Written by Joe McCarthy / Global Citizen

There were only 15 rhinos roaming Tanzania in 2015. Today, there are 167 of the endangered animals, an increase of more than 1,000%.

The rapid recovery owes to a coordinated effort by the government to crack down on poachers, according to Al Jazeera. While rhinos are still critically endangered in the country, a shift in government policy to actively protect the animals suggests that their numbers could continue to rise in the years ahead.

Elephants have similarly benefited from enhanced government protection.

“As a result of the work of a special task force launched in 2016 to fight wildlife poaching, elephant populations have increased from 43,330 in 2014 to over 60,000 presently,” the presidency said in a statement on June 9, Al Jazeera reports.

The reversal in the fate of big game animals began after Tanzanian President John Magufuli took office in 2015. After winning the election, Magufuli embarked on an effort to dismantle poaching and animal trafficking organizations, creating a special task force to lead the program, according to the Independent.

Since then, poachers and illegal ivory traders have been arrested and locked up for lengthy prison sentences. A Chinese woman known as the “Ivory Queen” was sentenced to 15 years in jail for smuggling hundreds of elephants. A group of four Chinese men caught smuggling rhino horns in 2015 each received 20 year prison sentences. These arrests and the overall heightened surveillance have helped to curb poaching incidents, the Independent notes.

Poaching remains a problem around the world because of demand for ivory products in countries like China and Vietnam, where the organic material is considered a luxury item, according to the World Wildlife Fund. Although countries have begun to ban the ivory trade, ongoing demand has created a large underground market.

Conservation groups like the WWF are working to educate consumers on the impact of the illegal ivory trade. The African elephant population has declined from a peak of around 10 million in 1900 to an estimated 415,000 today. Rhinos have been similarly devastated.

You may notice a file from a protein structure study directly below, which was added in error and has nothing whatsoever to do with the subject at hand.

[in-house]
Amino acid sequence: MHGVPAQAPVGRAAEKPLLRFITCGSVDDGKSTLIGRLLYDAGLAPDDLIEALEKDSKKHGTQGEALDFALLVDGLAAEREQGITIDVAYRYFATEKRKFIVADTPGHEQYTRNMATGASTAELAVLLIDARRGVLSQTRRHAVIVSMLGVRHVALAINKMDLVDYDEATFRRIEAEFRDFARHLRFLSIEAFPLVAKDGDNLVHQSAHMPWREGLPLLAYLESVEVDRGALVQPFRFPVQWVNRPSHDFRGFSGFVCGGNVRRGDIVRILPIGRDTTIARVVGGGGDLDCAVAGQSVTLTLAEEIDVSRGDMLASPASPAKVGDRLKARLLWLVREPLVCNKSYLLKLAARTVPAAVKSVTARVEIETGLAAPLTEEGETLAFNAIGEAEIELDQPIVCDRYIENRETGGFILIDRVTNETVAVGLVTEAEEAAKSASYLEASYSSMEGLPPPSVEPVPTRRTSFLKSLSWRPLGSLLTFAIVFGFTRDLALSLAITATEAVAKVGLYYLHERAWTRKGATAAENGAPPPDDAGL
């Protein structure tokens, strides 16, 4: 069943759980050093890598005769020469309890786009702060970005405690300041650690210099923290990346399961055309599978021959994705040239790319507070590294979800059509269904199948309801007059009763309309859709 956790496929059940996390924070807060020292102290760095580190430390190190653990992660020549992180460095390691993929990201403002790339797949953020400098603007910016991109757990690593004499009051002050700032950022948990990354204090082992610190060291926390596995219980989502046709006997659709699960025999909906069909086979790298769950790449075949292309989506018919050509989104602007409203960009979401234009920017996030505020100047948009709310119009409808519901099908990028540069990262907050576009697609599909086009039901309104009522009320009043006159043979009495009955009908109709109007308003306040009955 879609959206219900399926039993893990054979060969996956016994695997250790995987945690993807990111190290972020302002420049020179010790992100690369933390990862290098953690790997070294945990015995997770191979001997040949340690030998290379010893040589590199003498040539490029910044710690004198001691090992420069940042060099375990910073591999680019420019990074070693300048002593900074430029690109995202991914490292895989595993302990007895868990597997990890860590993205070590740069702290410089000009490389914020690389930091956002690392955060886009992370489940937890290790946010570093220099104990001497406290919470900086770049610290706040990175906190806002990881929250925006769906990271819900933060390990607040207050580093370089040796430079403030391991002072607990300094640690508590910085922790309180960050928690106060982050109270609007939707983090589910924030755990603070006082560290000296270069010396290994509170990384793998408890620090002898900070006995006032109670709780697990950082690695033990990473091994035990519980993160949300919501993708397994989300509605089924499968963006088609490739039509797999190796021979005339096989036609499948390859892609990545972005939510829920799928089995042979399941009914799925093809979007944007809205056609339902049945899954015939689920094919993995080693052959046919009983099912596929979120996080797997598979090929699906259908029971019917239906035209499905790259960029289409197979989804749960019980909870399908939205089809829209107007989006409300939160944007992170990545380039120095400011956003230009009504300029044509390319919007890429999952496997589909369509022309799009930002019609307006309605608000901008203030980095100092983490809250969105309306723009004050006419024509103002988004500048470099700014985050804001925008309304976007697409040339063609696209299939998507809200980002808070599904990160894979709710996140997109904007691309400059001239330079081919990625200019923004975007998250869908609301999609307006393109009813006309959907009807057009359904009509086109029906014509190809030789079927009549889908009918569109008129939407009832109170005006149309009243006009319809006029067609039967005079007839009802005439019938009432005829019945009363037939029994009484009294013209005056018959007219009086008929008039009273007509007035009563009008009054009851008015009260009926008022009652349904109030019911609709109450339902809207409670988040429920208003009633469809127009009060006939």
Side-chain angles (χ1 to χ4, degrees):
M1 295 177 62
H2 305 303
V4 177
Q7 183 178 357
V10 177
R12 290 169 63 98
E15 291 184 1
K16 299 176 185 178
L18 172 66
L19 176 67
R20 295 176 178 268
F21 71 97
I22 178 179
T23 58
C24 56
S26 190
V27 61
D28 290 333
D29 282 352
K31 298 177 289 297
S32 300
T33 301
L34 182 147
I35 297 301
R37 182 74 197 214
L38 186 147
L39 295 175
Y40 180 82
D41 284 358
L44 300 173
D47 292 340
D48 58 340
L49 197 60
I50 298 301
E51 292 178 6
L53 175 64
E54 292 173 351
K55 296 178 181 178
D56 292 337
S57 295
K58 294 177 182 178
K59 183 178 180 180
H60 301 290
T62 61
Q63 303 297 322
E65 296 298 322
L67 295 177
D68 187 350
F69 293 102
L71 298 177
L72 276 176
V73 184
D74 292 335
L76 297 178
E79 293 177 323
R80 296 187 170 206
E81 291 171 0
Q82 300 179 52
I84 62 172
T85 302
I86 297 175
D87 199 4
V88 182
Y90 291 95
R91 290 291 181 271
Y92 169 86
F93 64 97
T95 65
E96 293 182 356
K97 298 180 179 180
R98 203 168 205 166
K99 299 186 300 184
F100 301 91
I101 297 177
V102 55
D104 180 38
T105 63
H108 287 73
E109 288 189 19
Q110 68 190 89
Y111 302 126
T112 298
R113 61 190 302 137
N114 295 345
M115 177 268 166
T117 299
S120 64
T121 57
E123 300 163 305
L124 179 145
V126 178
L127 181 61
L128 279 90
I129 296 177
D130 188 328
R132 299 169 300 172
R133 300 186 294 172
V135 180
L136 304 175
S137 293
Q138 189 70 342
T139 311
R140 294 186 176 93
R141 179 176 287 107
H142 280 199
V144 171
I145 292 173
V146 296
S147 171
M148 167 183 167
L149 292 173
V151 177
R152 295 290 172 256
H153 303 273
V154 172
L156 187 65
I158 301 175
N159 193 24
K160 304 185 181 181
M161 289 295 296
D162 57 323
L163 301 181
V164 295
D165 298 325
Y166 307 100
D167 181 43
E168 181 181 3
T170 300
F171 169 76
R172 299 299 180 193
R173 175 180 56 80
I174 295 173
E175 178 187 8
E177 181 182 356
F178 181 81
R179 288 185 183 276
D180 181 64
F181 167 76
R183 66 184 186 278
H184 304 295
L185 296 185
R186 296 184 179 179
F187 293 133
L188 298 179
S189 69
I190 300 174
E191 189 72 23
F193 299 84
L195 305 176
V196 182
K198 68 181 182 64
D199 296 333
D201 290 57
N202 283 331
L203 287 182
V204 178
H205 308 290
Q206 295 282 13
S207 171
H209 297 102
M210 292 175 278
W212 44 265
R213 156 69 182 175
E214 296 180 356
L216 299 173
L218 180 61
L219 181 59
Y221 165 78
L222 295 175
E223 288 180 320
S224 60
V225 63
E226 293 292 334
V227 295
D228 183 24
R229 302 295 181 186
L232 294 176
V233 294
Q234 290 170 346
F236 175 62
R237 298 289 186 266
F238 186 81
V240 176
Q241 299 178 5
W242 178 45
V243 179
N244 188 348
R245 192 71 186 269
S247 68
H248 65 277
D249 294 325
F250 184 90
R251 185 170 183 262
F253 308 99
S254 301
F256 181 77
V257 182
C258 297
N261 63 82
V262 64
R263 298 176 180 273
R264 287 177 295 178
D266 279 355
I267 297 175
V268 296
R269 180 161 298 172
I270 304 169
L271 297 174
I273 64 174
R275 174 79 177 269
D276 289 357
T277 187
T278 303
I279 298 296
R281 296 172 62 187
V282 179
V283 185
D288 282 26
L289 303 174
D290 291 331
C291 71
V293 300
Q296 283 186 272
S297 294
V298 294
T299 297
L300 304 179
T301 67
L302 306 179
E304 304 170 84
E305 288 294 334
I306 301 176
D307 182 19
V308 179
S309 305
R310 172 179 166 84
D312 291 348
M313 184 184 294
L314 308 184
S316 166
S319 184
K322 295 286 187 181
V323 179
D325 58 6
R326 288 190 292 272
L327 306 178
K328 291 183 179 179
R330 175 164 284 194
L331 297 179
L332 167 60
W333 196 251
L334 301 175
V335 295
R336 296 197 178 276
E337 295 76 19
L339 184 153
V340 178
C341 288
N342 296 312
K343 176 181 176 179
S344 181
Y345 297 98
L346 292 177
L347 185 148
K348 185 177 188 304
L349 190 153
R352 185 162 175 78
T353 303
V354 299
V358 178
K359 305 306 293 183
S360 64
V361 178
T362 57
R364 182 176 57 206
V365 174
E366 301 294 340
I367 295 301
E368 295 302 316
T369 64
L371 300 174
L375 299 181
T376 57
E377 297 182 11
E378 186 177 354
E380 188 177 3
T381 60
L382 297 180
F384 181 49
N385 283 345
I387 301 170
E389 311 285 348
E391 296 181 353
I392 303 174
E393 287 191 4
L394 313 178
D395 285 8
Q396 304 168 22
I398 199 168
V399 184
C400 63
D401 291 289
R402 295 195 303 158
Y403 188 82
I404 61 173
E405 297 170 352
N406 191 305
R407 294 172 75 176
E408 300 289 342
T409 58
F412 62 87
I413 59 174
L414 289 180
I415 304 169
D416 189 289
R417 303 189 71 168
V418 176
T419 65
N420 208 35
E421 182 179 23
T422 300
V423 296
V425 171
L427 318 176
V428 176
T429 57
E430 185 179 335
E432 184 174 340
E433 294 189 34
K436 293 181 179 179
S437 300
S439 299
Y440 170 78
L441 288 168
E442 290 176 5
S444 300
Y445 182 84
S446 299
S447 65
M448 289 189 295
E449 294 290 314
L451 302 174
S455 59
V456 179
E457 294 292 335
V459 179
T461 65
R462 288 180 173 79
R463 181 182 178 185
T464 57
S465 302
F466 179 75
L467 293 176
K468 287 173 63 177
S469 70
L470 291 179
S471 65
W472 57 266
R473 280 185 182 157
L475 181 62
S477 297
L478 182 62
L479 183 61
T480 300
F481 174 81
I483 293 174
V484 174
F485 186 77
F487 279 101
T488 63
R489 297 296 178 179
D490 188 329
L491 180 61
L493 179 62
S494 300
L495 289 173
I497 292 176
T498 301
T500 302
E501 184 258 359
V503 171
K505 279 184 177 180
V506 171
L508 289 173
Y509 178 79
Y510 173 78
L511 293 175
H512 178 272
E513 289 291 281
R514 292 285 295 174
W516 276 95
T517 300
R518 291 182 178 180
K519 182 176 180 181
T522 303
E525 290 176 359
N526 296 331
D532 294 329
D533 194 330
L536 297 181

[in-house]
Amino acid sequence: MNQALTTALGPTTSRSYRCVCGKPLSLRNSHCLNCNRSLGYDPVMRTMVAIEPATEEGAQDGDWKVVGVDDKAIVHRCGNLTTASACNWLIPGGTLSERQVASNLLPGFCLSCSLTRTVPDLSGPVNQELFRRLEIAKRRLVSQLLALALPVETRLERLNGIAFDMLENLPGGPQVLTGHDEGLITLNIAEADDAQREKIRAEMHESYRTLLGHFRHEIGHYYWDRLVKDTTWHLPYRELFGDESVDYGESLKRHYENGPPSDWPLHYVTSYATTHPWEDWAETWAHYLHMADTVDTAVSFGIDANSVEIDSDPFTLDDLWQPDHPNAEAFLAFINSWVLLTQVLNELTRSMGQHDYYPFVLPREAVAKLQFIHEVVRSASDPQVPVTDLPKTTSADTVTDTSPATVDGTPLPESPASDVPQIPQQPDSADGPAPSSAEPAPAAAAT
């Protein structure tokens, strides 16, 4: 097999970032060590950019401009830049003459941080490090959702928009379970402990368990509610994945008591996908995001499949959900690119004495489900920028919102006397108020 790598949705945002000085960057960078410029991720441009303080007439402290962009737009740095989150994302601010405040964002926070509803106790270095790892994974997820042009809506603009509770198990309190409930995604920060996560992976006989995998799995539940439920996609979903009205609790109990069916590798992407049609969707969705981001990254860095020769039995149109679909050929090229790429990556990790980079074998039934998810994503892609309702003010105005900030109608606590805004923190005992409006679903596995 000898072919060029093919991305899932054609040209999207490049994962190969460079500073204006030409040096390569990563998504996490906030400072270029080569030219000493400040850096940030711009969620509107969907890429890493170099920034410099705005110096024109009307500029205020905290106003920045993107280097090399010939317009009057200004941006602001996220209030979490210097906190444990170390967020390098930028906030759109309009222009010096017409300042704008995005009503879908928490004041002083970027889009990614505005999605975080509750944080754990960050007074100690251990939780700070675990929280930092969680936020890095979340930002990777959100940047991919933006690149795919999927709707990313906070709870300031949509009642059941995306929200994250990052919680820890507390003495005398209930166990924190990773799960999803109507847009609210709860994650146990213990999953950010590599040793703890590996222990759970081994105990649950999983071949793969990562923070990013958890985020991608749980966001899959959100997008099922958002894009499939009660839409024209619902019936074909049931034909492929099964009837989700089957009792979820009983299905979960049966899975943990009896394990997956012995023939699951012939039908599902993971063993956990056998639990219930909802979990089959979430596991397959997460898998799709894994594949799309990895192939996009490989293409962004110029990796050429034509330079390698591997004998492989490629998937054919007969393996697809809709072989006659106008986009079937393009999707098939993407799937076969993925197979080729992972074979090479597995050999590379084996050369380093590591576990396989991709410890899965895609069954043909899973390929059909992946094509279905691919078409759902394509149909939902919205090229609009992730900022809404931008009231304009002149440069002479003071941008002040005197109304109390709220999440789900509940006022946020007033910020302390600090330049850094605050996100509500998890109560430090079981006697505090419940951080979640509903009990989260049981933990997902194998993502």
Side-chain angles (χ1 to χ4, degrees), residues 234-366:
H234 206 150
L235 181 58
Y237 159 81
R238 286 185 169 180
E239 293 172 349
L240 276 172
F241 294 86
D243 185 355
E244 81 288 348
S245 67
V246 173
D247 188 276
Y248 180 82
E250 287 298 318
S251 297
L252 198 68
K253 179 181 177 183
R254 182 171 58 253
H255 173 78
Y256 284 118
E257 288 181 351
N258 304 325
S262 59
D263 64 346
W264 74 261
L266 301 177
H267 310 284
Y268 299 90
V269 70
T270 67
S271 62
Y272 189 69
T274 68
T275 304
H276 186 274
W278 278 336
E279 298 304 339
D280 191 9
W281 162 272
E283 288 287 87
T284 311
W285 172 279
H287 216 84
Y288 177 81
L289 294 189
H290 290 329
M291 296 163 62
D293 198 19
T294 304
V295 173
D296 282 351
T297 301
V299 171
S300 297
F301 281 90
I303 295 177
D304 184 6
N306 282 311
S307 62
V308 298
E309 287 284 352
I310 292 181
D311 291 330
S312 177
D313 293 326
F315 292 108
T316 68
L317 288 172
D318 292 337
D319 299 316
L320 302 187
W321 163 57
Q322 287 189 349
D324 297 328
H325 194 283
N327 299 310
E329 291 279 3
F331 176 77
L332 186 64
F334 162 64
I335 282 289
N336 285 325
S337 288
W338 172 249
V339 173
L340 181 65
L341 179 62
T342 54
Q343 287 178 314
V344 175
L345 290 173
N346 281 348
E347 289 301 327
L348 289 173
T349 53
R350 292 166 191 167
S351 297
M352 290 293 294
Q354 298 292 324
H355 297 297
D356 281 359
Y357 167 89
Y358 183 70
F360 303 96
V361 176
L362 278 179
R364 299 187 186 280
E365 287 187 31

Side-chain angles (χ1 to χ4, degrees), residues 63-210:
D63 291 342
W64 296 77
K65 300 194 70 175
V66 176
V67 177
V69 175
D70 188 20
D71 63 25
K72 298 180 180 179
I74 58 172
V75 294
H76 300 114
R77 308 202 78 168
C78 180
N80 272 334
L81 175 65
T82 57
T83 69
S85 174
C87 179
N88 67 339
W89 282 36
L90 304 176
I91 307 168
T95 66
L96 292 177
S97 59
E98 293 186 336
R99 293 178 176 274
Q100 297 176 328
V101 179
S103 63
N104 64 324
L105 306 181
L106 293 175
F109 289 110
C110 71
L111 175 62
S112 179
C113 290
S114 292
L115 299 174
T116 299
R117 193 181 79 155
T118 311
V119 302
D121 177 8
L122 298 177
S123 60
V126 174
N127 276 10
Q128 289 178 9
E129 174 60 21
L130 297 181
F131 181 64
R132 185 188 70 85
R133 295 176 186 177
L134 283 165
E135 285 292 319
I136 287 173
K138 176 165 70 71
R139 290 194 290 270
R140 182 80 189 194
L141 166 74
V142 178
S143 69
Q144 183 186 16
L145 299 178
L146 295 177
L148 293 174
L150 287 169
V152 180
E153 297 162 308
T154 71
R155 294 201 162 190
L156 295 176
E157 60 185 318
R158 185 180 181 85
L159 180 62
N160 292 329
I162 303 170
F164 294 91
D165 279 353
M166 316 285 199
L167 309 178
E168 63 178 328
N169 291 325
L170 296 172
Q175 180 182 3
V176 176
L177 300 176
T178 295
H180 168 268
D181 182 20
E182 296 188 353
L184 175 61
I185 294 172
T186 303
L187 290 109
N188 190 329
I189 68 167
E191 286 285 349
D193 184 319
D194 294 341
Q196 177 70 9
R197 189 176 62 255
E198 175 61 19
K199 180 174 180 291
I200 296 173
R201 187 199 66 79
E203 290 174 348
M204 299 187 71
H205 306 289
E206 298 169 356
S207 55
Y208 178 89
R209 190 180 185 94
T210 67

It’s not just poaching that threatens big game animals. The rapid loss of habitat due to expanding human environments has been a major driver of declining elephant and rhino numbers, in addition to climate change and loss of food and water sources.

Animal conservation groups have warned against prematurely celebrating the rebound in Tanzania’s rhinos, arguing that their numbers have risen because of animal imports rather than natural breeding, which would indicate a stabilizing population.

“This sounds like very good news but we should view these figures with caution until there’s independent verification — there’s no way that has occurred through breeding and protection alone,” Mark Jones, head of policy at wildlife charity the Born Free Foundation, told the Independent.

Still, the recovery shows that poaching isn’t inevitable in the country — the government can successfully intervene and stamp out criminal enterprises.

Tanzania has a powerful economic incentive to maintain strong rhino and elephant populations. The country has a thriving tourism industry that revolves around wildlife preserves.

Tourism revenue has increased from $1.9 billion in 2015 to $2.5 billion last year. As the government promotes its improved conservation efforts, this revenue could continue to climb.

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